Zockv.Bank of the Southwest National Ass'n

Court of Civil Appeals of Texas, Houston, Fourteenth DistrictFeb 10, 1971
464 S.W.2d 375 (Tex. Civ. App. 1971)

No. 450.

February 10, 1971.

Appeal from the District Court, Harris County, Arthur Lesher, Jr., J.

Gene H. Edwards, Ralph Abercia, Houston, for appellant.

Sandra K. Foster, Fulbright, Crooker, Freeman, Bates Jaworski, Houston, for appellee.


Summary judgment case. Bank of the Southwest National Association brought suit against Henry Zock on a promissory note dated December 28, 1965. The trial court granted the plaintiff's motion for summary judgment and entered judgment for the bank in the sum of $8,956.54. The defendant Zock duly perfects appeal to this Court.

It does not appear to be controverted that the defendant Zock, for a valuable consideration, executed and delivered to the plaintiff the promissory note in question in the original principal sum of $36,000. Though various positions and reasons are urged by the defendant it appears that his basic contention relates to the amount, if any, in which the promissory note was due, owing and unpaid at the time of suit. The bank contends that this 'disputed fact' was not raised in the defensive pleadings in the trial court in proper form or substance to constitute a defense to the suit. Such contention will be sustained and the 11 points of error brought by the appellant will be overruled.

The instant motion for summary judgment was filed by the plaintiff and accompanied by an affidavit of the vice president of the plaintiff bank. Standing alone and absent response by the defendant, plaintiff's pleading and affidavit would form sufficent basis to support a summary judgment. Plaintiff's pleadings, the promissory note itself and the affidavit of the vice president of the bank, present evidence establishing a prima faice case in a suit on a promissory note. There was defensive pleading, however.

Defendant's first amended original answer and defendant's amended answer to motion for summary judgment (filed in response to plaintiff's motion for summary judgment) both contain the allegation that 'proper set-offs were not allowed as credit against Defendant's indebtedness.' However, both of these pleadings were signed only by the attorney for the defendant and both conclude, 'I have read the above and based upon the information provided me, I believe it to be true.' Neither of these pleadings were sworn to. It requires no citation of authority that defendant's response is insufficient to comply with Rule 166 — A, Texas Rules of Civil Procedure. Even if contained in proper affidavit the statement that 'proper set-offs were not allowed as credit against Defendant's indebtedness' is no more than a legal conclusion which is altogether insufficient for the purpose of giving factual evidence. Smith v. Crockett Production Credit Association, 372 S.W.2d 956, (Tex.Civ.App. 1963), writ ref., n.r.e.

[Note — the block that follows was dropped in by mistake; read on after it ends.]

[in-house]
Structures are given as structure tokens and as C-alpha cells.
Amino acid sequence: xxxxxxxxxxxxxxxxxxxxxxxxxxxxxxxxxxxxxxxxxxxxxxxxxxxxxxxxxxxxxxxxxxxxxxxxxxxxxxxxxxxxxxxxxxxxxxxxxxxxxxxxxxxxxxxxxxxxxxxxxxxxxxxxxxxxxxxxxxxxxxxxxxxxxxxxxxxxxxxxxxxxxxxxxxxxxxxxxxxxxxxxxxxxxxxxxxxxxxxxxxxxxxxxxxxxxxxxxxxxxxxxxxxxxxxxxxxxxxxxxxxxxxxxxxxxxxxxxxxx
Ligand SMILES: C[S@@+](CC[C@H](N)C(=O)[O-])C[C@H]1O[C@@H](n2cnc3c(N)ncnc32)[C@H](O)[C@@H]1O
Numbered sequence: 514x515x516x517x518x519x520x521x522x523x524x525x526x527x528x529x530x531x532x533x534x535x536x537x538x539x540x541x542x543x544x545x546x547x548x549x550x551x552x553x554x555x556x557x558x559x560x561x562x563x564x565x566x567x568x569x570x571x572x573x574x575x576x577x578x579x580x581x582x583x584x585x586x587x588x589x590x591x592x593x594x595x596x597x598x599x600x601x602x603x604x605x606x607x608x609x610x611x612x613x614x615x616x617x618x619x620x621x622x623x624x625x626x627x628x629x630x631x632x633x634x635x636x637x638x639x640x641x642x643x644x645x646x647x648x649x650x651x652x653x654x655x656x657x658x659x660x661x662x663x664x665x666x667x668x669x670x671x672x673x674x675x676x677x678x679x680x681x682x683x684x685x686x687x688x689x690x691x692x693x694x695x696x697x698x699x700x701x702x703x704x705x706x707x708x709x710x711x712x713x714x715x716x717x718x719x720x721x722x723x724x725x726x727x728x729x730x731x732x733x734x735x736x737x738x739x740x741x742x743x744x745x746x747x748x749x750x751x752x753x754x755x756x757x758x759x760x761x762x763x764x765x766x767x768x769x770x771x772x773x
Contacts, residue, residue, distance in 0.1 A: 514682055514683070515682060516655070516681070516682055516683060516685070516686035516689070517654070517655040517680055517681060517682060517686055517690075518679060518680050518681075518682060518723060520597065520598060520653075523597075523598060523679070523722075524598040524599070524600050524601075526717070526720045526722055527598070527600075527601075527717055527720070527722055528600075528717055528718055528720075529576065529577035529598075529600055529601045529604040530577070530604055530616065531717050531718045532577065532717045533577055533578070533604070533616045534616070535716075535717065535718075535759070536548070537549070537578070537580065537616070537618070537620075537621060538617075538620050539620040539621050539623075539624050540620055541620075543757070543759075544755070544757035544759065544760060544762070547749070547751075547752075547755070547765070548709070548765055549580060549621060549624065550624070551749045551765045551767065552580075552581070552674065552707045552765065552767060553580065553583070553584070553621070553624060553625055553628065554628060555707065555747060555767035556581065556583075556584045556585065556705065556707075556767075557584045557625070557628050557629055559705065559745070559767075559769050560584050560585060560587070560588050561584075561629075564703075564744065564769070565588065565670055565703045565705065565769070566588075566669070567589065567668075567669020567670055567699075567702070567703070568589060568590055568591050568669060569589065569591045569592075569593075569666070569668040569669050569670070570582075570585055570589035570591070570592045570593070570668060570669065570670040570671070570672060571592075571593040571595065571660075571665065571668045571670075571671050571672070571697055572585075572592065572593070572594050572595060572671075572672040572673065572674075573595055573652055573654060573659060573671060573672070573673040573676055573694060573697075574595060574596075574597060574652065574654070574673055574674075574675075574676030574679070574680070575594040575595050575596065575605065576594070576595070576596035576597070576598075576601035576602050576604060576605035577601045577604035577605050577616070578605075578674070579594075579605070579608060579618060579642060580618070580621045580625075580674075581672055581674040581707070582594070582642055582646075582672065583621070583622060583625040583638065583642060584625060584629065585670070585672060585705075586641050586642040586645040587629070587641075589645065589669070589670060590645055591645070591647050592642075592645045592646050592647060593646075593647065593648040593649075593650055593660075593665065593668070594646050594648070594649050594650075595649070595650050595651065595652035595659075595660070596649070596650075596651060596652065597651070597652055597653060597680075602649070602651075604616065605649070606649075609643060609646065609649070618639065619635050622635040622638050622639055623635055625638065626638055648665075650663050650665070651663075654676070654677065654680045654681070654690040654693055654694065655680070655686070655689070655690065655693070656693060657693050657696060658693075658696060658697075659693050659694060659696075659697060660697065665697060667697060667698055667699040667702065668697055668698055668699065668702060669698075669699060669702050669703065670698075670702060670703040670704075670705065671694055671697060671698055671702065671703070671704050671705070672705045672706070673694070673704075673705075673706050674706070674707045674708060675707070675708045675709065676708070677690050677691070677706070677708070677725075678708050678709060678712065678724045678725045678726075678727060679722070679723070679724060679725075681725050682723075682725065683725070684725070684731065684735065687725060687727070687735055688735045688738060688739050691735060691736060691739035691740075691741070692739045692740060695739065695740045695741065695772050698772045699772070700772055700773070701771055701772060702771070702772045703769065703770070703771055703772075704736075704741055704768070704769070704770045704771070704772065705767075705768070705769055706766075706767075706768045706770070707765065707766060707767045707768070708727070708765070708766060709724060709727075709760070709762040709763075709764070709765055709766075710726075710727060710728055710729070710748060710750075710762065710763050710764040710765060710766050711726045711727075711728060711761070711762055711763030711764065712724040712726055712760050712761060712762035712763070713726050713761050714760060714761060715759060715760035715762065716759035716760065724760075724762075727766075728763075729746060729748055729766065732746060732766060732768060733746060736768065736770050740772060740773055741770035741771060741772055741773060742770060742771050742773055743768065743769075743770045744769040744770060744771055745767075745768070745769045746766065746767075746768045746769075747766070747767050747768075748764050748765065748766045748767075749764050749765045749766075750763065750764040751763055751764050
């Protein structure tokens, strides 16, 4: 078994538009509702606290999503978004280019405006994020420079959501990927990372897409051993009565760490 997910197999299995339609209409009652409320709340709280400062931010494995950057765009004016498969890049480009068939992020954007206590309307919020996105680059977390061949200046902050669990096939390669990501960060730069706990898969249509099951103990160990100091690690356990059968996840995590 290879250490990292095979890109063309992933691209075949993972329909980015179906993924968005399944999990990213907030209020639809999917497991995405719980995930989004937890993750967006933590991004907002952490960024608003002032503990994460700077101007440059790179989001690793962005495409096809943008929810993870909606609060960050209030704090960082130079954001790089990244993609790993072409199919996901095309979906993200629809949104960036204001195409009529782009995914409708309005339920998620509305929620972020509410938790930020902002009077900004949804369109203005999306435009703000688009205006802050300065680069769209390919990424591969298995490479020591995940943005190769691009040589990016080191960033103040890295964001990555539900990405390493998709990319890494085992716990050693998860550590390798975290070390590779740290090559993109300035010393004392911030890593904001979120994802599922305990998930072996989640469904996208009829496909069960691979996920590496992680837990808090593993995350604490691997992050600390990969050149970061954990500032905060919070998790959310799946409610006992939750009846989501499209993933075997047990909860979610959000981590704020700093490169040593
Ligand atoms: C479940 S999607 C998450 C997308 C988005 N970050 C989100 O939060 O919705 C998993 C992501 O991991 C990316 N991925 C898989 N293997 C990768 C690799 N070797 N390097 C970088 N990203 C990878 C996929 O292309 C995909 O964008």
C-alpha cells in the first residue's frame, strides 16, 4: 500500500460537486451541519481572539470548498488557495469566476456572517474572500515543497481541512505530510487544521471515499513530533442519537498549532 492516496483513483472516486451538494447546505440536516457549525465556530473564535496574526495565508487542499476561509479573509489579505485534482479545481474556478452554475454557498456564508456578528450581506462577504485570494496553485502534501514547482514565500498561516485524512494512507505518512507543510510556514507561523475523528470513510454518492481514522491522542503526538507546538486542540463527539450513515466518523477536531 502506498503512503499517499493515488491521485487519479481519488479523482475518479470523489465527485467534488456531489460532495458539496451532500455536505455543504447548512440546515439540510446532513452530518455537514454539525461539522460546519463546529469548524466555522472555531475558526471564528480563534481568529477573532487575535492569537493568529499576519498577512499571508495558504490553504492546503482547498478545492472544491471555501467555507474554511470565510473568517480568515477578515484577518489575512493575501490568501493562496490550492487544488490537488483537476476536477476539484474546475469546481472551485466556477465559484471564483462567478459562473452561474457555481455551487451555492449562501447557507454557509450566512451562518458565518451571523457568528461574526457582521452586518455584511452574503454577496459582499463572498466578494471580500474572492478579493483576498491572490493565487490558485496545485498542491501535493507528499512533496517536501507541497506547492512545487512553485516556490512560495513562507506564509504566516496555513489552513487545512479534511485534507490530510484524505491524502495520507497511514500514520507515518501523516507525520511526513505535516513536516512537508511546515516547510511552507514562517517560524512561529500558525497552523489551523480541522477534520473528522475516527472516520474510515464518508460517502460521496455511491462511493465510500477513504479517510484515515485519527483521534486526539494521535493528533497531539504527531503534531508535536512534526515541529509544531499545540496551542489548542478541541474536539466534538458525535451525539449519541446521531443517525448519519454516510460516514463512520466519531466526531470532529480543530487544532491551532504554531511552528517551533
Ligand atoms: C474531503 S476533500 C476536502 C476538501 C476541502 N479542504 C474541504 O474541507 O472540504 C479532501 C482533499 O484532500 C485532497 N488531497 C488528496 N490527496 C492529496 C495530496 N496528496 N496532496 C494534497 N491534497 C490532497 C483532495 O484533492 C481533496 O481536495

The foregoing contention of the appellant, along with those remaining, is negated because defendant's initial response in the trial court (styled Defendant's Answer to Motion for Summary Judgment) and the supporting affidavit of the defendant Zock were both completely superseded by a substituted pleading (styled Defendant's First Amended Answer to Motion for Summary Judgment). Rule 65, T.R.C.P., provides:

"Unless the substituted instrument shall be set aside on exceptions, the instrument for which it is substituted shall no longer be regarded as a part of the pleading in the record of the cause * * *."

Hunt v. Employers Reinsurance Corporation, 219 S.W.2d 483, (Tex.Civ.App. 1949), writ ref., n.r.e. An amended pleading supersedes the original pleading even when all or part of the original pleading is sworn to and the amended pleading is not. Stephens v. Lott, 339 S.W.2d 405, (Tex.Civ.App. 1960), no writ hist.; Kelso v. Wheeler, 310 S.W.2d 148, (Tex.Civ.App. 1958), no writ hist. It is noted that there was no effort to preserve any of the prior pleadings by incorporation or reference. It is for this reason that defendant positioned himself in the trial court as relying upon unsworn pleadings signed only by the attorney for the defendant which were 'based upon the information provided me.'

Even if it be assumed that the different contentions asserted by the defendant were contained in a properly filed, non-superseded affidavit, made on personal knowledge, we are of the opinion that defendant still would not have raised a proper defense to a suit on a promissory note.

The trial court properly granted plaintiff's motion for summary judgment as against defendant's other contentions, each of which fails for reasons similar to those heretofore set forth.

The judgment of the trial court is affirmed.